ANOVA: A Test for the Analysis of Variance

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ANOVA: A Test of Analysis
of Variance
By Harry Lee and Manik
Kuchroo
What is the ANOVA Test?
• Remember the 2-Mean T-Test?
• For example: A salesman in car sales wants
to find the difference between two types of
cars in terms of mileage:
• Mid-Size Vehicles
• Sports Utility Vehicles
Car Salesman’s Sample
The salesman took an independent SRS
from each population of vehicles:
Level
n
Mean
StDev
Mid-size 28 27.101 mpg 2.629 mpg
SUV
26 20.423 mpg 2.914 mpg
If a 2-Mean TTest were done on this data:
T = 8.15
P-value = ~0
What if the salesman wanted to compare
another type of car, Pickup Trucks in addition
to the SUV’s and Mid-size vehicles?
Level
Midsize
SUV
Pickup
n
28
26
8
Mean
27.101 mpg
20.423 mpg
23.125 mpg
StDev
2.629 mpg
2.914 mpg
2.588 mpg
This is an example of when we would
use the ANOVA Test.
In a 2-Mean TTest, we see if the
difference between the 2 sample means
is significant.
The ANOVA is used to compare multiple
means, and see if the
difference between multiple sample
means is significant.
Let’s Compare the Means…
Yes, we see that no two of
these confidence intervals
overlap, therefore the means
are significantly different.
This is the question that the
ANOVA test answers
Do these
sample means look
mathematically.
significantly different from each other?
More Confidence Intervals
Not
Significant
Significant
What if the confidence intervals were
different? Would these confidence
intervals be significantly different?
ANOVA Test Hypotheses
H0: µ1 = µ2 = µ3 (All of the means are equal)
HA: Not all of the means are equal
For Our Example:
H0: µMid-size = µSUV = µPickup
The mean mileages of Mid-size vehicles, Sports
Utility Vehicles, and Pickup trucks are all equal.
HA: Not all of the mean mileages of Mid-size vehicles,
Sports Utility Vehicles, and Pickup trucks are equal.
F Statistic
• Like any other test, the ANOVA test has
its own test statistic
• The statistic for ANOVA is called the F
statistic, which we get from the F Test
• The F statistic takes into consideration:
– number of samples taken (I)
– sample size of each sample (n1, n2, …, nI)
– means of the samples ( x1, x2, …, xI)
– standard deviations of each sample (s1, s2,
…, sI)
Explaining the F-Statistic
• The F statistic determines if the variation
between sample means is significant
VariationAmongSample Means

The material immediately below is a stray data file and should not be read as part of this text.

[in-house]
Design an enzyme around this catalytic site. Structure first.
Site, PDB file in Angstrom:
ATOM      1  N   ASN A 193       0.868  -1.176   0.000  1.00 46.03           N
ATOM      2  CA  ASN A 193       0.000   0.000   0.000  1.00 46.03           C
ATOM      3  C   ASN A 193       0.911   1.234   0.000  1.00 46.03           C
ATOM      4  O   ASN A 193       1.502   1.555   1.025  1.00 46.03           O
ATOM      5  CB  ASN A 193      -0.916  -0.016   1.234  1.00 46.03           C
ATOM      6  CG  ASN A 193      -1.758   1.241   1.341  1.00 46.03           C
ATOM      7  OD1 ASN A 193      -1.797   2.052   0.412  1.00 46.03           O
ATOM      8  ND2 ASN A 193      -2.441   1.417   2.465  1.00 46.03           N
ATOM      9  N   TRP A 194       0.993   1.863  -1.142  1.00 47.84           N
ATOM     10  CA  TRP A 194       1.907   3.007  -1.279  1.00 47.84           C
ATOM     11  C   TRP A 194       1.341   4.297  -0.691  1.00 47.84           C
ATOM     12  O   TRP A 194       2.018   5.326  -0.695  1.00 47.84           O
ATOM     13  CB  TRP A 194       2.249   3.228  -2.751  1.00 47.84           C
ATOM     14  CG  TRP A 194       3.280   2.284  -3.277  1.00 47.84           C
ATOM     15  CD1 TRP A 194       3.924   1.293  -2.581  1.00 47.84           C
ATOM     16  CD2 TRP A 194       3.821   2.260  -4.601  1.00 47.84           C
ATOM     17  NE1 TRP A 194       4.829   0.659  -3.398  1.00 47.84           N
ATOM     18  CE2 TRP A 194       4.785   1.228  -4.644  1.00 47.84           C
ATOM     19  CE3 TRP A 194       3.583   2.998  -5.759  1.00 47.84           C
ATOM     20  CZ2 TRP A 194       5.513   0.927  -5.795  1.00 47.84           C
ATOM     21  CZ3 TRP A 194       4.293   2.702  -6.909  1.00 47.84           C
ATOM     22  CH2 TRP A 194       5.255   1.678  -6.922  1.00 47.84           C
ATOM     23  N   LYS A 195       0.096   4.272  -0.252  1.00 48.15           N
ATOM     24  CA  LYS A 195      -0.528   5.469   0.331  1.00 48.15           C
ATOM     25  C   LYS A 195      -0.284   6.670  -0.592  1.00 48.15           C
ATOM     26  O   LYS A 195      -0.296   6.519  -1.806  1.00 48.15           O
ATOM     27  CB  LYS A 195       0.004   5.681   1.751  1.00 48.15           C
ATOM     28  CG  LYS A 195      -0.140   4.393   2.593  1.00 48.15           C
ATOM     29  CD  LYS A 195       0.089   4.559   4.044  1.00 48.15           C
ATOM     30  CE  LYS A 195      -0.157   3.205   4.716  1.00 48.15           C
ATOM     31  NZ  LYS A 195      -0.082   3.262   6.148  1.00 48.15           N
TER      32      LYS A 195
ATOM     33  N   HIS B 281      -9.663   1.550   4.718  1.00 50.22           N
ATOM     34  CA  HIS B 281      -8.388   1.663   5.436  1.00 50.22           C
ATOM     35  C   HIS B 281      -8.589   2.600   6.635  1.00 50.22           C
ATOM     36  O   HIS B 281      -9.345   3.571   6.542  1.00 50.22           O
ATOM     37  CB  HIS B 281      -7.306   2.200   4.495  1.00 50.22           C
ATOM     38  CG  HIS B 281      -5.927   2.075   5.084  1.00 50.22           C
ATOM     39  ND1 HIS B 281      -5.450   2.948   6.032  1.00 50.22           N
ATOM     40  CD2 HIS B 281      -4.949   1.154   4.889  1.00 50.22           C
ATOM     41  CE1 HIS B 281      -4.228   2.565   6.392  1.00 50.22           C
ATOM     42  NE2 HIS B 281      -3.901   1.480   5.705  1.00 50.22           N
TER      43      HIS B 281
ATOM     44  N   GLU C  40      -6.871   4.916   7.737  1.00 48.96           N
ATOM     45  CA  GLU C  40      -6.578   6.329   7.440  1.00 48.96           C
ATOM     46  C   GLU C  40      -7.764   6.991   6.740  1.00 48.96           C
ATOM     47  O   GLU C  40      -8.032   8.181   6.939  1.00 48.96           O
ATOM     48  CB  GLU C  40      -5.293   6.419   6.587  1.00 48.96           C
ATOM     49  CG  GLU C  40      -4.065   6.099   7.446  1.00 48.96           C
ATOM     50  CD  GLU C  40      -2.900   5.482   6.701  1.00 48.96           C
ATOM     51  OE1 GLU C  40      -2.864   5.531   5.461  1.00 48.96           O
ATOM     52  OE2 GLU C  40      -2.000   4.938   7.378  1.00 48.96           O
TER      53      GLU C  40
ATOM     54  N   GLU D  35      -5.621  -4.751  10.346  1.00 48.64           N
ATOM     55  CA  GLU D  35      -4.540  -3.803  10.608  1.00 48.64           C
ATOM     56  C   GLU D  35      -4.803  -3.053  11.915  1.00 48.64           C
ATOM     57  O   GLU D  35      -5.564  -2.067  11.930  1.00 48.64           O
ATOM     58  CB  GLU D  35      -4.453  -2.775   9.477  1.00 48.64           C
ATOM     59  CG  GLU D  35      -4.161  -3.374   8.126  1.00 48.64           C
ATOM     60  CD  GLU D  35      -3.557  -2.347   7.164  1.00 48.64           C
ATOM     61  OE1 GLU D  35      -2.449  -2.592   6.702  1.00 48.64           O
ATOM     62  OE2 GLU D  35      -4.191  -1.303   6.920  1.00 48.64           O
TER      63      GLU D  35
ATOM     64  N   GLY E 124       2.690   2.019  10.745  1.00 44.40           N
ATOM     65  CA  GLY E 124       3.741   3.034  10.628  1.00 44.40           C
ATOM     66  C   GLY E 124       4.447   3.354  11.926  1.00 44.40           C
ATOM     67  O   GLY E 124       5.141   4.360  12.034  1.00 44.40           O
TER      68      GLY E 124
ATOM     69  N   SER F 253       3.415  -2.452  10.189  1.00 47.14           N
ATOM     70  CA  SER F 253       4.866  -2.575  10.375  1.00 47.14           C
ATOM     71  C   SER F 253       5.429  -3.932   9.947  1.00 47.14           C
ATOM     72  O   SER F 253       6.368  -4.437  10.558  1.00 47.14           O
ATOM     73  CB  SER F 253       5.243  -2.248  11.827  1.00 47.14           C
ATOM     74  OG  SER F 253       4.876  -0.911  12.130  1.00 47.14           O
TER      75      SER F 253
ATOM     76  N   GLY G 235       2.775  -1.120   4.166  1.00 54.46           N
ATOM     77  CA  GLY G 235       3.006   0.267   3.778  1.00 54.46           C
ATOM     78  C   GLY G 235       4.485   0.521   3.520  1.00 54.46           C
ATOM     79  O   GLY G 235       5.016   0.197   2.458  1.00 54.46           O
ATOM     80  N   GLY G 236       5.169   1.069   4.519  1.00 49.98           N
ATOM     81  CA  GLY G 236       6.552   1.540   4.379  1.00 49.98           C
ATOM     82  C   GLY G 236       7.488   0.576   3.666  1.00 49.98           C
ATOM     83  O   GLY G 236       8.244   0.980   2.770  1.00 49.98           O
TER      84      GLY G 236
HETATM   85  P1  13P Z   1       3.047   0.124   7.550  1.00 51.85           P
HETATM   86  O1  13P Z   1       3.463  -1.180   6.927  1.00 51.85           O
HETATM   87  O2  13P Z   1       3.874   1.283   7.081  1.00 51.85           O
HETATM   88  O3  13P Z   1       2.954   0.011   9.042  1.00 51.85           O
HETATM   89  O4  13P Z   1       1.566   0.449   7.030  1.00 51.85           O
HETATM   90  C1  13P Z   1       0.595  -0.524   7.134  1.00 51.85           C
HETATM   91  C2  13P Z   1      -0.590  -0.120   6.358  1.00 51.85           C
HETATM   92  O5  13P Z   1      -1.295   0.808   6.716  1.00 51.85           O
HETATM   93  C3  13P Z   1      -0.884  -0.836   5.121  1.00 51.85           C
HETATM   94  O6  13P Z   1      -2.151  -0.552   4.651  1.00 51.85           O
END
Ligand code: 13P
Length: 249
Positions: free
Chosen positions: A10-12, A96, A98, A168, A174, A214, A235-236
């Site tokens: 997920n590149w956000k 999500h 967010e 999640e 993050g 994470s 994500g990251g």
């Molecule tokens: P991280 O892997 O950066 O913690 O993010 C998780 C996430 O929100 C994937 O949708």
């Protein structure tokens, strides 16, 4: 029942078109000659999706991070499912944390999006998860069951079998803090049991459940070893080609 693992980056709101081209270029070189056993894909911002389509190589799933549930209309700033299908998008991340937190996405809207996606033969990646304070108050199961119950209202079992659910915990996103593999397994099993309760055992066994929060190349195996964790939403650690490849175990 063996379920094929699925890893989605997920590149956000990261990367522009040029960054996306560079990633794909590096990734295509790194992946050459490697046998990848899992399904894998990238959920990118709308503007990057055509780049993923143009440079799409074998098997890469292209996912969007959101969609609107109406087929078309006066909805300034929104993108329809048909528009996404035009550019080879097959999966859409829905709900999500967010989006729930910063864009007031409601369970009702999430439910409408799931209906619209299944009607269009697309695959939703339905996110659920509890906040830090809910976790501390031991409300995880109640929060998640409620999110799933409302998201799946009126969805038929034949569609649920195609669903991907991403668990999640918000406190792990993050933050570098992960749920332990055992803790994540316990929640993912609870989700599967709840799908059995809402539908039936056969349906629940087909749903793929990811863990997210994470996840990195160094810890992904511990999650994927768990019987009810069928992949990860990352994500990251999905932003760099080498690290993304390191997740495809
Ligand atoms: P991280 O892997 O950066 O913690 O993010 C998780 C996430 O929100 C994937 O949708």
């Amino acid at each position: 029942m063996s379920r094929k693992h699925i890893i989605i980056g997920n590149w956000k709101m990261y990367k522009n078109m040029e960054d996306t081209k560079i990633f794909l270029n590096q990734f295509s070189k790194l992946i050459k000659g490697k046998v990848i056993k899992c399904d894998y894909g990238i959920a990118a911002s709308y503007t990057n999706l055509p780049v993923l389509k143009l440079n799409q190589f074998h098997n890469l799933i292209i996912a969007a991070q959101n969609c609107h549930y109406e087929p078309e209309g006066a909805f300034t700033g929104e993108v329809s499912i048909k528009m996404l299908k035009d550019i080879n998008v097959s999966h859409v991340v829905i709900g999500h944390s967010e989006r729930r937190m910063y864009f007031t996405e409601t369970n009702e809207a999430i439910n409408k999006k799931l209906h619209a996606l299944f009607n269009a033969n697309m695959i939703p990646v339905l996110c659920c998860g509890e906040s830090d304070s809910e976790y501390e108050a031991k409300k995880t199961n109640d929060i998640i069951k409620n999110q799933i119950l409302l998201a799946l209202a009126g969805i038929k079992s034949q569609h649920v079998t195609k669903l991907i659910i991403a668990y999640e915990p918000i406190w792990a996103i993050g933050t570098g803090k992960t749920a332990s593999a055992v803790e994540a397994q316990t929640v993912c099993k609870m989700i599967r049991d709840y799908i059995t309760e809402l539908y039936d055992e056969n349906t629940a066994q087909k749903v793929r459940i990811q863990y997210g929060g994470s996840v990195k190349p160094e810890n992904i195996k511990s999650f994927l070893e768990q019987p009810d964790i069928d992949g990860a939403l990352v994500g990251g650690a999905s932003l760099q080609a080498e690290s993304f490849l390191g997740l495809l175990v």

VariationAmongIndividuals In Each Sample
This is what we are doing when we look at the
95% confidence intervals.
Another Look at the CI’s
From this picture, we can see that the
variation between sample means is greater
than the variation in each sample;
therefore, F is large.
F Statistic Equation
Rewritten as a formula, the F
Statistic looks like this:
Means (Squared)
Weighing
n1 ( x1  x ) 2  n2 ( x2  x ) 2  ...  nI ( xI  x ) 2
I 1
F
(n1  1) s12  (n2  1) s22  ...  (nI  1) sI2
N I
Weighing
Standard Deviations (Squared)
The F Statistic
Degrees of Freedom
• The ANOVA test has 2 degrees of freedom:
– N-I (Total number sampled – Number of Groups)
– I-1 (Number of Groups – 1)
• Some sample
distributions with
different degrees
of freedom:
How About Our Example:
Data:
Level
n
Mean
StDev
Midsize 28 27.101 mpg 2.629 mpg
SUV
26 20.423 mpg 2.914 mpg
Pickup 8 23.125 mpg 2.588 mpg
F value = 40.05
P-value = ~0 (Found from a table or using
the Fcdf calculator command).
Conditions
As useful as the ANOVA test is, we can only
use it if a number of conditions are met:
• We must take an independent SRS from
each population that we sample
• All populations have the same standard
deviation. (No population’s standard
deviation is double another’s)
• All of the populations must be normally
distributed
Testing the Conditions
• The salesman had originally taken independent
SRS’s.
• The second condition is fulfilled since no
sample has more than twice the standard
deviation of any other.
• To test the third condition, whether the
populations being sampled are normally
shaped, we must look at the histograms of
each sample:
Sample Histograms
All of the histograms
appear to be relatively
normally shaped.
Try a Problem
• Researchers are trying to see if the
English AP scores from four different
Massachusetts private schools are
different. From each school, a random
sample of students in the past year was
taken and compared. Here are the results
from the samples:
Results
School
BB&N
Roxbury Latin
Winsor
Belmont Hill
n
23
25
26
29
Mean
4.3
3.9
4.2
3.1
StDev
0.4
0.6
0.3
0.3
Is there any significant difference between these
schools’ AP English scores? (Assume that the
populations are normally distributed)
Hypotheses
• H0: = µBB&N µRL = µWinsor = µBelHill
The mean AP English Test scores in
BB&N, Roxbury Latin, Winsor, and
Belmont Hill are all the same.
• HA: The mean AP English Test scores in
BB&N, Roxbury Latin, Winsor, and
Belmont Hill are not all the same.
Conditions
• Random samples taken
• All of the standard deviations are the same
– No standard deviation is more than twice any
other.
• All of the populations are normally
distributed
Doing out the F Statistic
F Curve
• Plug the F statistic into the F distribution (df = 3,
99). The shaded area has a p-value of nearly 0.
Interpretation
Since all the conditions were met, we have
conclusive evidence (df = 3,99, p = 0) to
reject the null hypothesis that the mean AP
English Test scores in BB&N, Roxbury
Latin, Winsor, and Belmont Hill are all the
same.
Thanks For Watching
• A special thanks to Mr. Coons for all the
help and advice.
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